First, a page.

When asked in a later interview why he turned himself in, Kemper said: “The original purpose was gone … It wasn’t serving any physical or real or emotional purpose. It was just a pure waste of time … Emotionally, I couldn’t handle it much longer. Toward the end there, I started feeling the folly of the whole damn thing, and at the point of near exhaustion, near collapse, I just said to hell with it and called it all off.”
Kemper was indicted on eight counts of first-degree murder on May 7, 1973. He was assigned the Chief Public Defender of Santa Cruz County, attorney Jim Jackson. Due to Kemper’s explicit and detailed confession, his counsel’s only option was to plead not guilty by reason of insanity to the charges. Kemper twice tried to commit suicide in custody. His trial went ahead on October 23, 1973.
Three court-appointed psychiatrists found Kemper to be legally sane. One of the psychiatrists, Dr. Joel Fort, investigated his juvenile records and the diagnosis that he was once psychotic. Fort also interviewed Kemper, including under truth serum, and relayed to the court that Kemper had engaged in cannibalism, alleging that he sliced flesh from the legs of his victims, then cooked and consumed these strips of flesh in a casserole. Nevertheless, Fort determined that Kemper was fully cognizant in each case and stated that Kemper enjoyed the prospect of the infamy associated with being labeled a murderer Kemper later recanted the confession of cannibalism.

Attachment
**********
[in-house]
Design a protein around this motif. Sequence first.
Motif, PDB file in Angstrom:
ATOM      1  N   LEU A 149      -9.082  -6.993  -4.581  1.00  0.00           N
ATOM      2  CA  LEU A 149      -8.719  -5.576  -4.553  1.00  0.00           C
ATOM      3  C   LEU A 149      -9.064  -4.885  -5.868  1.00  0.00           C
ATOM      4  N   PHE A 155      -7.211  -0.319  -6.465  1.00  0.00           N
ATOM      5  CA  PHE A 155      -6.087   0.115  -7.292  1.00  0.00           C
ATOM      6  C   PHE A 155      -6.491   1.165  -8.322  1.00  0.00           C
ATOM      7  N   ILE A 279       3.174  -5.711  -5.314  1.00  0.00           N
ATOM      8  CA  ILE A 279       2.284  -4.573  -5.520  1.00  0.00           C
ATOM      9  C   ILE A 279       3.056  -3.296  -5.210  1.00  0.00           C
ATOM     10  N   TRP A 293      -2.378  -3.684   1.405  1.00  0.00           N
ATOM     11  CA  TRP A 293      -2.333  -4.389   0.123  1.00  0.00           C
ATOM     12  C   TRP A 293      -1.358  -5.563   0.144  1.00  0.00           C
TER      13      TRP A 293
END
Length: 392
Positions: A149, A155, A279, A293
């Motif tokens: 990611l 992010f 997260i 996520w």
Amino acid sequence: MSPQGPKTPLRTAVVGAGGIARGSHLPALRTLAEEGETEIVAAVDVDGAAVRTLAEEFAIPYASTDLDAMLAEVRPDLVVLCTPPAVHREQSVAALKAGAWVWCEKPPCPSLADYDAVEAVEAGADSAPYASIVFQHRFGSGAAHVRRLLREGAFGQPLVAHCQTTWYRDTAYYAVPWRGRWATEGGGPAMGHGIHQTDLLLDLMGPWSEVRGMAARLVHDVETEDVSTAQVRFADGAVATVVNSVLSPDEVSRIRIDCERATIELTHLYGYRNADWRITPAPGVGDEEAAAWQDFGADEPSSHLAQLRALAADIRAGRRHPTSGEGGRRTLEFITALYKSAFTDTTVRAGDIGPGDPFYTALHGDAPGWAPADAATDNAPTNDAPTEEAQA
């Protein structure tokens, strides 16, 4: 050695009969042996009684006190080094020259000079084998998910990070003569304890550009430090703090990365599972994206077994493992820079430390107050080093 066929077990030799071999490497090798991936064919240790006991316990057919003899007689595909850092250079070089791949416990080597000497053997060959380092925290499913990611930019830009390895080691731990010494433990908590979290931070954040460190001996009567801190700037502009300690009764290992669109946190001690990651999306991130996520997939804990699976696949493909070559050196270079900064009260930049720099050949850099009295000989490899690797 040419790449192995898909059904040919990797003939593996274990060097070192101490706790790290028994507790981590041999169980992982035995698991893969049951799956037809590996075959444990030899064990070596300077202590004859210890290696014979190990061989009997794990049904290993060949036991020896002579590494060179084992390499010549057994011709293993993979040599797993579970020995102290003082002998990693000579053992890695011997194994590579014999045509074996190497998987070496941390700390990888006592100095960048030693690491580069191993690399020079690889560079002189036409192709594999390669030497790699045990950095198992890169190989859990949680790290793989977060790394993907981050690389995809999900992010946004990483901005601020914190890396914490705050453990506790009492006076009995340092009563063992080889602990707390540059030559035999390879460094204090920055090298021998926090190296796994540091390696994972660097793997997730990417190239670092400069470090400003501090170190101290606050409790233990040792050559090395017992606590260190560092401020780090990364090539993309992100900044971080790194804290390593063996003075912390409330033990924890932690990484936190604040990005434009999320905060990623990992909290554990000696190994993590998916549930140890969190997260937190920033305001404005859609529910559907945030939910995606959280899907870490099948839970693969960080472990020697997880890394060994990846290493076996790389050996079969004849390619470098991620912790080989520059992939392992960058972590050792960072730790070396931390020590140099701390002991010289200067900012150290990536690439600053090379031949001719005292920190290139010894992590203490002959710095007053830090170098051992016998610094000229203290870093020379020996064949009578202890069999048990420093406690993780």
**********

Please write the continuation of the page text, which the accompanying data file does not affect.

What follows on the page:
California used the M’Naghten standard, which held that for a defendant to “establish a defense on the ground of insanity, it must be clearly proved that, at the time of the committing of the act, the party accused was laboring under such a defect of reason, from disease of mind, and not to know the nature and quality of the act he was doing; or if he did know it, that he did not know he was doing what was wrong.” Kemper appeared to have known that the nature of his acts was wrong, and he had shown signs of malice aforethought. On November 1, Kemper took the stand. He testified that he killed the victims because he wanted them “for myself, like possessions,” and attempted to convince the jury that he was insane based on the reasoning that his actions could have been committed only by someone with an aberrant mind. He said that two beings inhabited his body and that when the killer personality took over, it was “kind of like blacking out.”
On November 8, 1973, the six-man, six-woman jury deliberated for five hours before declaring Kemper sane and guilty on all counts. He asked for the death penalty, requesting “death by torture.” However, with a moratorium placed on capital punishment by the Supreme Court of California, he instead received seven years to life for each count, with these terms to be served concurrently, and was sentenced to the California Medical Facility.